Sat Mar 9, 2013, 09:07 PM
bananas (27,051 posts)
200,000 take part in Taiwan's anti-nuclear protest
Source: Central News Agency
In what organizers called the largest anti-nuclear protest in Taiwan, an estimated 200,000 people took to the streets in several parts of the island on Saturday to call for the scrapping of nuclear power plants.
The protest was held simultaneously in northern, central, southern and eastern Taiwan just two days before the second anniversary of the meltdown of Japan's Fukushima nuclear power plant in the wake of the big earthquake and tsunami on March 11, 2011.
The march participants demanded that the government not allocate any more funding for the construction of Taiwan's fourth nuclear power plant in New Taipei City. Construction of the plant has stretched over 14 years and has so far costed taxpayers US$10 billion. It is scheduled to be completed later this year.
Protesters also demanded the speedy decommissioning of Taiwan's first, second and third nuclear power plants now under operation. All three plants are around three decades old.
Read more: http://focustaiwan.tw/ShowNews/WebNews_Detail.aspx?Type=aALL&ID=201303090038
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200,000 take part in Taiwan's anti-nuclear protest (Original post)
Response to bananas (Original post)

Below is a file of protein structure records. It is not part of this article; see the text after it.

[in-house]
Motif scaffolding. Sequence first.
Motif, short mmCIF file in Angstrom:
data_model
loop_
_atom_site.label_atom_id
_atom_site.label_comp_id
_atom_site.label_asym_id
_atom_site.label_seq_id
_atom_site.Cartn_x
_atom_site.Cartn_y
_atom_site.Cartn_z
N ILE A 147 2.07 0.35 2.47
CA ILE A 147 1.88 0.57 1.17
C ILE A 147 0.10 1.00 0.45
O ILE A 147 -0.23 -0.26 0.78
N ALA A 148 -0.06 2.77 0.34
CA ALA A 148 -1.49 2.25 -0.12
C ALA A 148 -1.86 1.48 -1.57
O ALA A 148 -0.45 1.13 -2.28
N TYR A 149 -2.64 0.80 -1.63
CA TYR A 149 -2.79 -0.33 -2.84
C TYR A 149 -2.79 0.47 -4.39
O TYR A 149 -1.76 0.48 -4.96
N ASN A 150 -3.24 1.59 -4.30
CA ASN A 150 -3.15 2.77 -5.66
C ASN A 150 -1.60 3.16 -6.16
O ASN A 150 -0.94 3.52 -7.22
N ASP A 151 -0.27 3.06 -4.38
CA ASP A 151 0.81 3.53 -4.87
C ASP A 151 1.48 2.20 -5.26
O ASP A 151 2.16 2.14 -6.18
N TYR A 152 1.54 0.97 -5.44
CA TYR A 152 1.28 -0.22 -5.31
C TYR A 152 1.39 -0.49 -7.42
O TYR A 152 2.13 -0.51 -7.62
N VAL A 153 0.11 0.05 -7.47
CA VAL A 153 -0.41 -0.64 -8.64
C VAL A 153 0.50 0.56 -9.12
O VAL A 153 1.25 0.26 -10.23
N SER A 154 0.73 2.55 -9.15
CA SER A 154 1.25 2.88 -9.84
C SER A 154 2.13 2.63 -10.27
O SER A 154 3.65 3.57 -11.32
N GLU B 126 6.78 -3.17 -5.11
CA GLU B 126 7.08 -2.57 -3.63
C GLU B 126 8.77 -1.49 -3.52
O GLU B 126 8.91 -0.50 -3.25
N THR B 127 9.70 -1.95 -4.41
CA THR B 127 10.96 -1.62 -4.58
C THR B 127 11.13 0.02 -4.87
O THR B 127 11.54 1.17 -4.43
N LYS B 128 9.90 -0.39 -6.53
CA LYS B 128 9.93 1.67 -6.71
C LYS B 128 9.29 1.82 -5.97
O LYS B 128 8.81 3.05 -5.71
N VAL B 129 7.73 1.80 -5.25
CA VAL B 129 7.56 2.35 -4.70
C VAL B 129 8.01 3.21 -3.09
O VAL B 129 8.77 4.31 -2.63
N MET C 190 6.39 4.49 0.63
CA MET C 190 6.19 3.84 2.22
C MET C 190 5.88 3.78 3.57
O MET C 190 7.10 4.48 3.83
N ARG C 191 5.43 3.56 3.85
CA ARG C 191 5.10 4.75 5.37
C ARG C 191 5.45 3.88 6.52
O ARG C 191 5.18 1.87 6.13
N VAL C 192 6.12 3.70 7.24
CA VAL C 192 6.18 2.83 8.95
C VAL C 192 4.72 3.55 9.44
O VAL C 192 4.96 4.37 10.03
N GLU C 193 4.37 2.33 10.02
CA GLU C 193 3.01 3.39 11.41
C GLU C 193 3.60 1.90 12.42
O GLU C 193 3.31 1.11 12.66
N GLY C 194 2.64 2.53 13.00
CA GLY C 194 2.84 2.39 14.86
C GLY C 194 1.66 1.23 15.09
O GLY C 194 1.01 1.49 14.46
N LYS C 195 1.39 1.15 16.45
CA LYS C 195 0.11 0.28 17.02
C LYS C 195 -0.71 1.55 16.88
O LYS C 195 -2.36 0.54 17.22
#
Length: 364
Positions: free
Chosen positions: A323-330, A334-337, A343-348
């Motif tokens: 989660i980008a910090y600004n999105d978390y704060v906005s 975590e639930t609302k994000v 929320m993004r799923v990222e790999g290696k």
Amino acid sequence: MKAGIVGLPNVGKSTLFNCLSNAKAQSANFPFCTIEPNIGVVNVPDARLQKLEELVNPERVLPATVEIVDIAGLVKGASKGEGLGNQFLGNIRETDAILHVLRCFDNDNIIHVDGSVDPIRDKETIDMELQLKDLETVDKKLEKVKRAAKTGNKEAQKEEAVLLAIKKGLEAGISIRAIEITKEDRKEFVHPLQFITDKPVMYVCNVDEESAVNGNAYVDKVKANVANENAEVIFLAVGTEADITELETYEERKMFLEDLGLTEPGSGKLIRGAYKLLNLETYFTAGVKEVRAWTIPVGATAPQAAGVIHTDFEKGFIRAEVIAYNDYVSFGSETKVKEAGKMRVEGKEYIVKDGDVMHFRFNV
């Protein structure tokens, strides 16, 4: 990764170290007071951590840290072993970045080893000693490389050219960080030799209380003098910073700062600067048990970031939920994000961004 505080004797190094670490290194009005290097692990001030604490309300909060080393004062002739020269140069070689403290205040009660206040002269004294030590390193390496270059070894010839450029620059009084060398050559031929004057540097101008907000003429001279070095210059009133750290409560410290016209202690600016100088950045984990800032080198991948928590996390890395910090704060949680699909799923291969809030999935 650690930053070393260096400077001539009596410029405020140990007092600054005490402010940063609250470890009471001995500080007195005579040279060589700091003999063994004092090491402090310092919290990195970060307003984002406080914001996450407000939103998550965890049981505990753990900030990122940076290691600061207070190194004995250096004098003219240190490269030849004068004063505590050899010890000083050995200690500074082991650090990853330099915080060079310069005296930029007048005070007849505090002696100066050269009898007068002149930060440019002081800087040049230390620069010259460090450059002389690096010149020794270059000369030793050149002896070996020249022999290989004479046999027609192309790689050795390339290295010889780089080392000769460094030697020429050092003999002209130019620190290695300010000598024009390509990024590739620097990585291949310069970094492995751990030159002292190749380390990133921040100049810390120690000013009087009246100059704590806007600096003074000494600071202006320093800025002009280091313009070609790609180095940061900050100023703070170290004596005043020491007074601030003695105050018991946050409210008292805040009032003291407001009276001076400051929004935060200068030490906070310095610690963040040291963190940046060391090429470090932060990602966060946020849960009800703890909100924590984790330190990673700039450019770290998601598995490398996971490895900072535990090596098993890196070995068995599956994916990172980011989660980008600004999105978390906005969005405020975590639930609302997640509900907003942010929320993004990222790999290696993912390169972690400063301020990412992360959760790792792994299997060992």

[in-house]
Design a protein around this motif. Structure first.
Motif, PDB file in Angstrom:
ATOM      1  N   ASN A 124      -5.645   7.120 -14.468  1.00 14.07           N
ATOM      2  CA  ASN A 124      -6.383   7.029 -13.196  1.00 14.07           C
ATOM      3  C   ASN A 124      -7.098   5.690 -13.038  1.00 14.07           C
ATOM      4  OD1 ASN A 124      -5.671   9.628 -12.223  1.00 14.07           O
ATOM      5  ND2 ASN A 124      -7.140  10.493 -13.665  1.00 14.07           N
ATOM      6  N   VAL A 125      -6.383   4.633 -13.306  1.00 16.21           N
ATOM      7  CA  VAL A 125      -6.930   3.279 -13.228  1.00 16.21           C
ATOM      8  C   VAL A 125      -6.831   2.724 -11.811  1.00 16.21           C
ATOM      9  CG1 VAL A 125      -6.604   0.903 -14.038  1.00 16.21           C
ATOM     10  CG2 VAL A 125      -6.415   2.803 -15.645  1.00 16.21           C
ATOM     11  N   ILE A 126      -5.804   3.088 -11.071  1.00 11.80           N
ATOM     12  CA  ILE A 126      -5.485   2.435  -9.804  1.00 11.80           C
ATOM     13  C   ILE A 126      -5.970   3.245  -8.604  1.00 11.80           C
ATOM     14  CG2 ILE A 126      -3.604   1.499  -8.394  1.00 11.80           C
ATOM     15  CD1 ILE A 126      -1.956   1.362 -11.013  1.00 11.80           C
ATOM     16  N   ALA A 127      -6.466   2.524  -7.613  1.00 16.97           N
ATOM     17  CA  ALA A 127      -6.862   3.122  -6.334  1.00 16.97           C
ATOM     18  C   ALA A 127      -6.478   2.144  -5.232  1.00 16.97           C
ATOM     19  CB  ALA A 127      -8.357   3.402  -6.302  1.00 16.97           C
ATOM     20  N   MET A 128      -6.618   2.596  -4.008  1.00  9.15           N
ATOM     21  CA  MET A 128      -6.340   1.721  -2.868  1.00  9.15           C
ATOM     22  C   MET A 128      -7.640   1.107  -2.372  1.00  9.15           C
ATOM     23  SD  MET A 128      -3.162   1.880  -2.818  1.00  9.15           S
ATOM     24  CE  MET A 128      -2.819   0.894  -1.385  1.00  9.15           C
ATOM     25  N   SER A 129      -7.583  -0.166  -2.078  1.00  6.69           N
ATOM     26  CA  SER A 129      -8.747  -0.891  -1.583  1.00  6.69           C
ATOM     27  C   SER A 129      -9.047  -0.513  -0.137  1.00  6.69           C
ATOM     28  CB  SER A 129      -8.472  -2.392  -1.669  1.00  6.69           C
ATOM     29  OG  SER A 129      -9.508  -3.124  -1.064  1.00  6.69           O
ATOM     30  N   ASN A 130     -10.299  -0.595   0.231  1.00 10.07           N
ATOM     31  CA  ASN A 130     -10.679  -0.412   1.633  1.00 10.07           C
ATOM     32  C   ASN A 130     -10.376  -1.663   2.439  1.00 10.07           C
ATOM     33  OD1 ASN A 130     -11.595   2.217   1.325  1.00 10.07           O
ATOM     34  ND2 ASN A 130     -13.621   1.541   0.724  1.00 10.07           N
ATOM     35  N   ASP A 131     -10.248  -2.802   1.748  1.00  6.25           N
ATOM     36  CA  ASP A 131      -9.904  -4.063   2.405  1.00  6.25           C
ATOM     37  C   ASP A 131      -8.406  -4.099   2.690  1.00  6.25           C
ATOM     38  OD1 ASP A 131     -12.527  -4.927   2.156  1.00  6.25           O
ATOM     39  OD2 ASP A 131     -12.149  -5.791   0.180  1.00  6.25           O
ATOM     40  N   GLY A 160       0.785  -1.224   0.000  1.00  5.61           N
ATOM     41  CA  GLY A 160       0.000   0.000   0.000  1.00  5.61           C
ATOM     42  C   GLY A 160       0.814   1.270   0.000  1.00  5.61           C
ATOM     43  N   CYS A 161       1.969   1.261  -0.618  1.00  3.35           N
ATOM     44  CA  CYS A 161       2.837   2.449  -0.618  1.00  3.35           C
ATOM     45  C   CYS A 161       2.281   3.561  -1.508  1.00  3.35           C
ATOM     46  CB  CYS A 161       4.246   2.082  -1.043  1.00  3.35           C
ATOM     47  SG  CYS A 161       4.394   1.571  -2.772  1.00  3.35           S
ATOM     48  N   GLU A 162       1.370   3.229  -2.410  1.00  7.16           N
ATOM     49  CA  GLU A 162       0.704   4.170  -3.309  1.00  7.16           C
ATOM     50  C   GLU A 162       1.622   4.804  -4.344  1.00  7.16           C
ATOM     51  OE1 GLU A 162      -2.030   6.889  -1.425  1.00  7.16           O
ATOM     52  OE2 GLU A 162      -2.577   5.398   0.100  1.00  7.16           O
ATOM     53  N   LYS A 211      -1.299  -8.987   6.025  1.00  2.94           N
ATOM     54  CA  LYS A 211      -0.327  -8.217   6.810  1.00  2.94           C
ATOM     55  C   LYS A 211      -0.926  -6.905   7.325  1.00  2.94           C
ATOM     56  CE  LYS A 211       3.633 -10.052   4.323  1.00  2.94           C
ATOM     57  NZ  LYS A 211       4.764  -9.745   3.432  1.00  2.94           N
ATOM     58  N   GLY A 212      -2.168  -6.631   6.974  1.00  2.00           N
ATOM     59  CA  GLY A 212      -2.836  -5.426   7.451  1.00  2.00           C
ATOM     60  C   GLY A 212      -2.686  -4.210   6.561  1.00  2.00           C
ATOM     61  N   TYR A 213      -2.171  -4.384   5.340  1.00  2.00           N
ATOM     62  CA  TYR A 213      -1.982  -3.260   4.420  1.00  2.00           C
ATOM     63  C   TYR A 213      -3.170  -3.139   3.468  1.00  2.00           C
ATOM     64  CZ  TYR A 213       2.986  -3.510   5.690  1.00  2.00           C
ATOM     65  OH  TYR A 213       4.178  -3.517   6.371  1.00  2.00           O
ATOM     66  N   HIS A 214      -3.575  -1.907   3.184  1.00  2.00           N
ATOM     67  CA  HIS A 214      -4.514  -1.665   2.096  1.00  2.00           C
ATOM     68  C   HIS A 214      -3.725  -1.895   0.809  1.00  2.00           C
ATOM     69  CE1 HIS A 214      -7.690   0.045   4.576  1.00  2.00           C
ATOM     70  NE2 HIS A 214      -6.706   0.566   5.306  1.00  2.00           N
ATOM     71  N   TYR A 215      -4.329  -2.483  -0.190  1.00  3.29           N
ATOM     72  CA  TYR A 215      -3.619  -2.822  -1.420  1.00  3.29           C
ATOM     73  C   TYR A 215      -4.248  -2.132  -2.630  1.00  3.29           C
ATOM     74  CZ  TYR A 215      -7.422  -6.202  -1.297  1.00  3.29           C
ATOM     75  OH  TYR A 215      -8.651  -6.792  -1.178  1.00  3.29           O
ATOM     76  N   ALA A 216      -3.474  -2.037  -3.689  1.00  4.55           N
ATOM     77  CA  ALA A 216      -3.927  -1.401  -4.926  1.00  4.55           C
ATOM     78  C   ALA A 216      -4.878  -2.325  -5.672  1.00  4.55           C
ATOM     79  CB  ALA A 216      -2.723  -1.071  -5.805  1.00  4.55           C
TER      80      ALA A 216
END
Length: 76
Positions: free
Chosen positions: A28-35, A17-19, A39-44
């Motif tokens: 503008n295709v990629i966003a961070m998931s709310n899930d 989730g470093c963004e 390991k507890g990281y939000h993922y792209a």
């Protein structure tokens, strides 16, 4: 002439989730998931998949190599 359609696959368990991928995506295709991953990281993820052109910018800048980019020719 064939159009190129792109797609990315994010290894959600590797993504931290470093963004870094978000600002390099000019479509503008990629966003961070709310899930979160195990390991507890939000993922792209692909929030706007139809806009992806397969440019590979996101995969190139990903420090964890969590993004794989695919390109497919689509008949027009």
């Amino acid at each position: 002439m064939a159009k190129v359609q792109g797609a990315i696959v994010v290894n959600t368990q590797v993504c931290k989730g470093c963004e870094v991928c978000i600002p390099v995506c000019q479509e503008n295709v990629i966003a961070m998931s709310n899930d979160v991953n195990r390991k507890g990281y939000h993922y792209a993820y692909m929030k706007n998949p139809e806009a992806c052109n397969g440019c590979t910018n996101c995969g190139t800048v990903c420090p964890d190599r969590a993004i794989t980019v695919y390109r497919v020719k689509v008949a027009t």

Sun Mar 10, 2013, 07:05 AM
kristopher (28,856 posts)
1. (Taiwan) Researcher says nuclear power not only energy choice
Nuclear Power Debate: Researcher says nuclear power not only energy choice
By Hu Chien-sen and Jake Chung / Staff reporter, with Staff writer
Taiwan Power Co (Taipower) and the government should not presume that nuclear power is the only energy choice, Academia Sinica researcher Yen Hung-yang (嚴宏洋 said yesterday, calling on the government to look into other options, otherwise it would be difficult for Taiwan to shoulder the consequences should anything untoward happen at any of the nationís nuclear power plants.
Taiwan meets the prerequisites for generating green energy, and while it lacks the sheer land mass of Germany, southern Taiwan is almost permanently bathed in sunlight, while western, northwestern and eastern Taiwan offer excellent locations for wind power turbines, Yen said.
The government could even choose to construct offshore wind turbines, he said, adding that while it might drive overhead costs up, locating turbines offshore would free land for other uses and address the problem of noise generated by the turbines....